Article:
Would you rather hail a ridesharing car, or hop on a bus? One of the many criticisms of ridesharing is that it competes with public transit, but Apple’s hometown wants the two forms of transportation to coexist. Cupertino, California, has tapped Via to operate so-called “on-demand public transit,” using the company’s vans to connect residents with CalTrain commuter rail.
Beginning October 29, commuters will be able to use the Via app (or a phone reservation system) to hail a shuttle van anywhere within Cupertino’s city limits, as well as a zone around the Sunnyvale CalTrain station. Multiple riders will share each vehicle, coordinated by Via’s algorithms. Riders will be directed to “virtual bus stops” within walking distance of their locations.
Having ridesharing customers actually share a vehicle, and minimizing detours through the “virtual bus stops,” Via believes it can keep the service efficient while still offering greater convenience than traditional buses. Riders will be able to hail a shuttle van whenever they want, without being locked into a bus schedule, Via noted.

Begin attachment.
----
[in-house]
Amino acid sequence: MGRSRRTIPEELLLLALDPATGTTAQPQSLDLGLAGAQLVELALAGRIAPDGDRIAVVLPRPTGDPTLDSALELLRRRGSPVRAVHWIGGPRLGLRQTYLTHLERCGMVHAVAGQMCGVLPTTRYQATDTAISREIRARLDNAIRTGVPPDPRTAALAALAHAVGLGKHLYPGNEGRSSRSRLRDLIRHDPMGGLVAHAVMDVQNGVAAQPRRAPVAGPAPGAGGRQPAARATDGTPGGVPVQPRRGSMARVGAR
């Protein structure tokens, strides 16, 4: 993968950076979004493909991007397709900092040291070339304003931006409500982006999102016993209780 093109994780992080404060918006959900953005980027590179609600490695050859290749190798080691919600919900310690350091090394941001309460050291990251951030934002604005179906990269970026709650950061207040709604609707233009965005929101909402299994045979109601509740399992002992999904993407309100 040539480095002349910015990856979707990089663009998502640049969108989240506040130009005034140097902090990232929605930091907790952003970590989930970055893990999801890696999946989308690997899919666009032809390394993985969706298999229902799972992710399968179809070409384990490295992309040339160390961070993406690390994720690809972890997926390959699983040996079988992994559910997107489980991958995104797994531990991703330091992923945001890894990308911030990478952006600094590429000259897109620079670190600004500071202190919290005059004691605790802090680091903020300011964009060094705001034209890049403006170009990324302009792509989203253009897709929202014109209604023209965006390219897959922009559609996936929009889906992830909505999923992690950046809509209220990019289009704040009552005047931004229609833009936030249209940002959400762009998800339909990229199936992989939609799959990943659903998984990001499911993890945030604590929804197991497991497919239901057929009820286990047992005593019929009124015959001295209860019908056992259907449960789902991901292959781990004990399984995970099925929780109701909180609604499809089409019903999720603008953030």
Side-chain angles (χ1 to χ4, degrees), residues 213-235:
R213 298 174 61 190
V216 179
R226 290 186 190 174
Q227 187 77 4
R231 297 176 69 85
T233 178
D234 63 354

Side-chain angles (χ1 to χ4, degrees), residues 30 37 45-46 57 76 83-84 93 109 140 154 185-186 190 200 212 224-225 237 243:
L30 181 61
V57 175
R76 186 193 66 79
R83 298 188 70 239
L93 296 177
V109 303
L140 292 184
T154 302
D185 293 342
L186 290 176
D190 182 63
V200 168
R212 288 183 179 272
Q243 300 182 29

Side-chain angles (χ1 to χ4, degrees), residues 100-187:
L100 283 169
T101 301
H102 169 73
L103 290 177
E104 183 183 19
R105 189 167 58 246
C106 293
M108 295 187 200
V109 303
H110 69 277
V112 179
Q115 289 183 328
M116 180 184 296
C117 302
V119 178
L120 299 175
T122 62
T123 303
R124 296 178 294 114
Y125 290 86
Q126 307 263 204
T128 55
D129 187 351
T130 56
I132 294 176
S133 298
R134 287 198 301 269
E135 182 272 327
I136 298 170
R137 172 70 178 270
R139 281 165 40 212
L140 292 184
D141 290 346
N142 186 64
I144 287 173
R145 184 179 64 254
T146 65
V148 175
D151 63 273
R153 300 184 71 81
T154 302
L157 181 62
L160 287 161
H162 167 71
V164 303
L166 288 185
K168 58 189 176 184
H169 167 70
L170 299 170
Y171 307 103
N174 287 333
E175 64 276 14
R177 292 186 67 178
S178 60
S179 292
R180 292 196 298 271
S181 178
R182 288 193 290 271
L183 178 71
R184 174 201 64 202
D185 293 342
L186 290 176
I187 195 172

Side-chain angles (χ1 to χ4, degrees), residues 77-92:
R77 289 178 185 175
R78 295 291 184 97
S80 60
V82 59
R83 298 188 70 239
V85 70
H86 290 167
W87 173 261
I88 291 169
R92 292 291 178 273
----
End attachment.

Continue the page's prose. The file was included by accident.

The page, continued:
Via will charge $5 per ride, and will offer multiride passes at $17 a week or $60 a month. Service will operate Monday through Friday from 6 a.m. to 8 p.m., and on Saturday from 9 a.m. to 5 p.m. The fleet will consist of six Mercedes-Benz Metris vans (yes, Mercedes makes vans, and it has a deal to provide them for all of Via’s shuttle services), including one wheelchair-accessible van. Via said it plans to expand to 10 vans “over time.” Avis Budget Group will maintain the vans.
Recent studies have shown that services like Uber and Lyft can erode public transit use, but city officials are increasingly looking to ridesharing operators to help supplement mass transportation. Several cities have tried subsidizing Uber and Lyft rides for residents, with mixed results. Via claims its alternative model, which, it’s worth noting, encourages more riders to share vehicles, can turn public transit into a more flexible, on-demand service. The company noted that other California cities, including Los Angeles, already use its technology. Via claims to have started operations, or plans to start, in 80 locations in over 20 countries, with 60 million rides to date.
- Uber may be banned in London. Could the same thing happen in the U.S.?
- Uber vs. Lyft: Which ridesharing app goes the distance?
- Lyft offers freebies to encourage people to ditch their cars
- A self-driving Hyundai can pick you up in one California city starting next month
- Lyft’s self-driving car-testing program is racking up the miles